Please offset your Switzerland campervan road trip itinerary through carbon offsetting with Swiss-based MyClimate or carbon-capturing with Tomorrow’s Air so we have glaciers to continue to camp underneath.
Things to do in La Fouly
Hiking, hiking, and more hiking: La Fouly is a hiking region, so you’re in the right place if you enjoy hiking. There are a handful of trailheads starting at the visitor center. We had planned on making the Chemin du Bouquetin trail. This is a more challenging day hike where you can hike up and down the mountain in a circular route or ride the gondola up and hike down for a more accessible option. However, when we arrived, there was still quite a lot of snow in the higher elevations, and the cable car wasn’t operating, so we opted for a lower elevation, Chemin du Bisse. This was a circular 5-6k trail that allowed for great views and a bit of forest traversing. We lost the trail through and ended up making out own way. Another lower elevation option is the Chemin des Places which takes you more through the forest. The region also has longer multi-day hikes such as the St. Bernard Trail and Tour du Mont Blanc.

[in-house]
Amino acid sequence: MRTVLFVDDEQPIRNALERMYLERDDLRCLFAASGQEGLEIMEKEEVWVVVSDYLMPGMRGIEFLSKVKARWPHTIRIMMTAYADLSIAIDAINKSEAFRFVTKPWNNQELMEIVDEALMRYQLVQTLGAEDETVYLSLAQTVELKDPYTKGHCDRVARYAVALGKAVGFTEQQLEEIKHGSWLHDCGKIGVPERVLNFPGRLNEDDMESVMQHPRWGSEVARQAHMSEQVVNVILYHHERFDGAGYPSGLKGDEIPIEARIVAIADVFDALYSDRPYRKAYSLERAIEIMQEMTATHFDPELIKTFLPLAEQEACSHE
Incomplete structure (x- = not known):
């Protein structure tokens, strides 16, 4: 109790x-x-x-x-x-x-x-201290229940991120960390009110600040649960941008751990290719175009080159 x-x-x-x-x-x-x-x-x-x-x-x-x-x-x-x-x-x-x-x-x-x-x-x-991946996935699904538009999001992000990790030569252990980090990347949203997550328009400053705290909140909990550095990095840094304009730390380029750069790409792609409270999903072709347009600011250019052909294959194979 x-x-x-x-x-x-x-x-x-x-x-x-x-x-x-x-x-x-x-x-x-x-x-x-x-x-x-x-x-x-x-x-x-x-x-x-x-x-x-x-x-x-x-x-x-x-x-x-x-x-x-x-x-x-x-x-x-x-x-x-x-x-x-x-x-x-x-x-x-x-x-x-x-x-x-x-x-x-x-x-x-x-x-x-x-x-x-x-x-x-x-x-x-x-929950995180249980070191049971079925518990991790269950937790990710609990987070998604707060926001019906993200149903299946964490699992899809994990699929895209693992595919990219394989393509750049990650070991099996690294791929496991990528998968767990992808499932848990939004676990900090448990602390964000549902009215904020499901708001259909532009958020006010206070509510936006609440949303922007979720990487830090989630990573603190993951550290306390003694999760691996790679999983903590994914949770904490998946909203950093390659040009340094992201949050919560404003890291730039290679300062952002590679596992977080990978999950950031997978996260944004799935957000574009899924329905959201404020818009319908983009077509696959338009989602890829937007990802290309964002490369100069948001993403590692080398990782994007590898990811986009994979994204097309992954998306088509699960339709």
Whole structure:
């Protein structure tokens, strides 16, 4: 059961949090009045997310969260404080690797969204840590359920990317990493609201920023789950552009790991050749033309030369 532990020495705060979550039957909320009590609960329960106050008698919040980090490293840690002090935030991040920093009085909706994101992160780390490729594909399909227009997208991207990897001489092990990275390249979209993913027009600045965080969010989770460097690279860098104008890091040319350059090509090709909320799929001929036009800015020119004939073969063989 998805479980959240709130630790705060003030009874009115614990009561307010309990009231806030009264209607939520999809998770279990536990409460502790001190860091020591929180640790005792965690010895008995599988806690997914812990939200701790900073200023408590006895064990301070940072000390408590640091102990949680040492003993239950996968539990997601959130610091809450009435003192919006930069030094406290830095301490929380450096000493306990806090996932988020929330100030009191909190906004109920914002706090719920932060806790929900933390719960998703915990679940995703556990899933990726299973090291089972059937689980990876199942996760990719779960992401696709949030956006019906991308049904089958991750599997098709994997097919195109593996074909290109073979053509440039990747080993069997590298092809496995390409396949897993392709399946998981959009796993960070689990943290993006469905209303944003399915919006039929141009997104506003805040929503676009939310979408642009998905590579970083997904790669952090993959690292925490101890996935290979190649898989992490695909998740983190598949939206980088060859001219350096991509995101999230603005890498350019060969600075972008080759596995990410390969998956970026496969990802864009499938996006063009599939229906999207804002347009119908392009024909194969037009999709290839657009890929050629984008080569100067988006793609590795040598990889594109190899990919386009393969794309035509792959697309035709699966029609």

Mountain Biking and ‘Extreme’ Sports: The region is ripe for mountain biking, paragliding, mountaineering, and mountain climbers. If you are more of an adrenaline junkie, you will certainly get your fix in the La Fouly region.